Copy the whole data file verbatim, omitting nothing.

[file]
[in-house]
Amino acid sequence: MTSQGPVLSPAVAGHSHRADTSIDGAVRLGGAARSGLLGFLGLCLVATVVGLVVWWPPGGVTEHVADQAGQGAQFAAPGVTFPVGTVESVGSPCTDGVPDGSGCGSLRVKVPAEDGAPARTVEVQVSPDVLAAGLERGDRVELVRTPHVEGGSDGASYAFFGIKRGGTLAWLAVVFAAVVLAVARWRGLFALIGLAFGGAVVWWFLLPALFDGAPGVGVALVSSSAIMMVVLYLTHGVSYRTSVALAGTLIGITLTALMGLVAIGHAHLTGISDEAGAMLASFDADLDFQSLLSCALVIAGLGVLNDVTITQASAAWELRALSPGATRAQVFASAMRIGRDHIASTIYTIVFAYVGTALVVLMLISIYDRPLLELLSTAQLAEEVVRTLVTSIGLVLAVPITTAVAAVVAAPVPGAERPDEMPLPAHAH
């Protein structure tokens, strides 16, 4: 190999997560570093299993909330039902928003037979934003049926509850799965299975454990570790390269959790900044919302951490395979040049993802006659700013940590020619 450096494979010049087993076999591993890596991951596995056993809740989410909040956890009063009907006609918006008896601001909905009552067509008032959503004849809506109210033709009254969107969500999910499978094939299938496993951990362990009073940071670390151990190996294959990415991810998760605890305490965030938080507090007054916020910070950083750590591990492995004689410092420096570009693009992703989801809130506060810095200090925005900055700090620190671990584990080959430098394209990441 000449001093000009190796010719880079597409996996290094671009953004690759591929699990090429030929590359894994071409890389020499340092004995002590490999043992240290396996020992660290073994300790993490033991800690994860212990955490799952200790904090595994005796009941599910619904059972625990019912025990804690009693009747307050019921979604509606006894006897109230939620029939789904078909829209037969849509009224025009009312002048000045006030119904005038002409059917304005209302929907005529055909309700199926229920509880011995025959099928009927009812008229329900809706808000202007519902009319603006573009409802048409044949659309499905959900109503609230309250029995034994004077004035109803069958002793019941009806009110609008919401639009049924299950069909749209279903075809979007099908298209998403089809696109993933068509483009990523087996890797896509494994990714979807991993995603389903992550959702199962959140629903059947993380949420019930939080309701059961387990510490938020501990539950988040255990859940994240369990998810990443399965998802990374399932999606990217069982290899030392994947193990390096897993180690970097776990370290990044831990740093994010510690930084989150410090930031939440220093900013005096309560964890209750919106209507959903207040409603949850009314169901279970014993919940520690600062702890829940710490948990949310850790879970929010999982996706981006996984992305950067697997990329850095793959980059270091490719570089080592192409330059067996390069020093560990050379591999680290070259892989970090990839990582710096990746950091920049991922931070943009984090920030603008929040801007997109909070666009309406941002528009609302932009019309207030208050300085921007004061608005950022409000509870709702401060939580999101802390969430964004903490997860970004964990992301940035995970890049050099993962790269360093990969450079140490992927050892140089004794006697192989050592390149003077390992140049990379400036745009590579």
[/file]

[in-house]
Amino acid sequence: MTSQGPVLSPAVAGHSHRADTSIDGAVRLGGAARSGLLGFLGLCLVATVVGLVVWWPPGGVTEHVADQAGQGAQFAAPGVTFPVGTVESVGSPCTDGVPDGSGCGSLRVKVPAEDGAPARTVEVQVSPDVLAAGLERGDRVELVRTPHVEGGSDGASYAFFGIKRGGTLAWLAVVFAAVVLAVARWRGLFALIGLAFGGAVVWWFLLPALFDGAPGVGVALVSSSAIMMVVLYLTHGVSYRTSVALAGTLIGITLTALMGLVAIGHAHLTGISDEAGAMLASFDADLDFQSLLSCALVIAGLGVLNDVTITQASAAWELRALSPGATRAQVFASAMRIGRDHIASTIYTIVFAYVGTALVVLMLISIYDRPLLELLSTAQLAEEVVRTLVTSIGLVLAVPITTAVAAVVAAPVPGAERPDEMPLPAHAH
């Protein structure tokens, strides 16, 4: 190999997560570093299993909330039902928003037979934003049926509850799965299975454990570790390269959790900044919302951490395979040049993802006659700013940590020619 450096494979010049087993076999591993890596991951596995056993809740989410909040956890009063009907006609918006008896601001909905009552067509008032959503004849809506109210033709009254969107969500999910499978094939299938496993951990362990009073940071670390151990190996294959990415991810998760605890305490965030938080507090007054916020910070950083750590591990492995004689410092420096570009693009992703989801809130506060810095200090925005900055700090620190671990584990080959430098394209990441 000449001093000009190796010719880079597409996996290094671009953004690759591929699990090429030929590359894994071409890389020499340092004995002590490999043992240290396996020992660290073994300790993490033991800690994860212990955490799952200790904090595994005796009941599910619904059972625990019912025990804690009693009747307050019921979604509606006894006897109230939620029939789904078909829209037969849509009224025009009312002048000045006030119904005038002409059917304005209302929907005529055909309700199926229920509880011995025959099928009927009812008229329900809706808000202007519902009319603006573009409802048409044949659309499905959900109503609230309250029995034994004077004035109803069958002793019941009806009110609008919401639009049924299950069909749209279903075809979007099908298209998403089809696109993933068509483009990523087996890797896509494994990714979807991993995603389903992550959702199962959140629903059947993380949420019930939080309701059961387990510490938020501990539950988040255990859940994240369990998810990443399965998802990374399932999606990217069982290899030392994947193990390096897993180690970097776990370290990044831990740093994010510690930084989150410090930031939440220093900013005096309560964890209750919106209507959903207040409603949850009314169901279970014993919940520690600062702890829940710490948990949310850790879970929010999982996706981006996984992305950067697997990329850095793959980059270091490719570089080592192409330059067996390069020093560990050379591999680290070259892989970090990839990582710096990746950091920049991922931070943009984090920030603008929040801007997109909070666009309406941002528009609302932009019309207030208050300085921007004061608005950022409000509870709702401060939580999101802390969430964004903490997860970004964990992301940035995970890049050099993962790269360093990969450079140490992927050892140089004794006697192989050592390149003077390992140049990379400036745009590579």